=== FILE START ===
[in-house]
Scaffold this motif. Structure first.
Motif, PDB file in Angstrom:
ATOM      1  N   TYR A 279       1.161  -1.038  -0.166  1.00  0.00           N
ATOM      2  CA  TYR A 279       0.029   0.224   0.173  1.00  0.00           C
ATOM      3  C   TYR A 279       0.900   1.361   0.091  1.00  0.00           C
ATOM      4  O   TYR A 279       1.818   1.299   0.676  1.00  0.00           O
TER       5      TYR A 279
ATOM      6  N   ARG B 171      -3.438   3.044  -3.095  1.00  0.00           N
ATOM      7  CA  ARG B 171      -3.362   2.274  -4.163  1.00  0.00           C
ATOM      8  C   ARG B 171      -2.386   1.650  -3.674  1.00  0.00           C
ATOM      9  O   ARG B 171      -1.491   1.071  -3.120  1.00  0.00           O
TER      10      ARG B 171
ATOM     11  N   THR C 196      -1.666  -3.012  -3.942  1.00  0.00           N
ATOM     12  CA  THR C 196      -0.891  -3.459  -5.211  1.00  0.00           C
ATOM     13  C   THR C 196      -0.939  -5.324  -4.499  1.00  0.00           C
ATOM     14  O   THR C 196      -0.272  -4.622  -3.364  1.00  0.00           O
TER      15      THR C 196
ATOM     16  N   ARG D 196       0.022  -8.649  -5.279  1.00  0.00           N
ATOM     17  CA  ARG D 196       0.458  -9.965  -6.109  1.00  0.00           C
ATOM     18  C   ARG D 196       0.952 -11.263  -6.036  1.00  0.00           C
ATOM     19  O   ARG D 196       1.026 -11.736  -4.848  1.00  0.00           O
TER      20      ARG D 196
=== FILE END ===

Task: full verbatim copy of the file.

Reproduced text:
[in-house]
Scaffold this motif. Structure first.
Motif, PDB file in Angstrom:
ATOM      1  N   TYR A 279       1.161  -1.038  -0.166  1.00  0.00           N
ATOM      2  CA  TYR A 279       0.029   0.224   0.173  1.00  0.00           C
ATOM      3  C   TYR A 279       0.900   1.361   0.091  1.00  0.00           C
ATOM      4  O   TYR A 279       1.818   1.299   0.676  1.00  0.00           O
TER       5      TYR A 279
ATOM      6  N   ARG B 171      -3.438   3.044  -3.095  1.00  0.00           N
ATOM      7  CA  ARG B 171      -3.362   2.274  -4.163  1.00  0.00           C
ATOM      8  C   ARG B 171      -2.386   1.650  -3.674  1.00  0.00           C
ATOM      9  O   ARG B 171      -1.491   1.071  -3.120  1.00  0.00           O
TER      10      ARG B 171
ATOM     11  N   THR C 196      -1.666  -3.012  -3.942  1.00  0.00           N
ATOM     12  CA  THR C 196      -0.891  -3.459  -5.211  1.00  0.00           C
ATOM     13  C   THR C 196      -0.939  -5.324  -4.499  1.00  0.00           C
ATOM     14  O   THR C 196      -0.272  -4.622  -3.364  1.00  0.00           O
TER      15      THR C 196
ATOM     16  N   ARG D 196       0.022  -8.649  -5.279  1.00  0.00           N
ATOM     17  CA  ARG D 196       0.458  -9.965  -6.109  1.00  0.00           C
ATOM     18  C   ARG D 196       0.952 -11.263  -6.036  1.00  0.00           C
ATOM     19  O   ARG D 196       1.026 -11.736  -4.848  1.00  0.00           O
TER      20      ARG D 196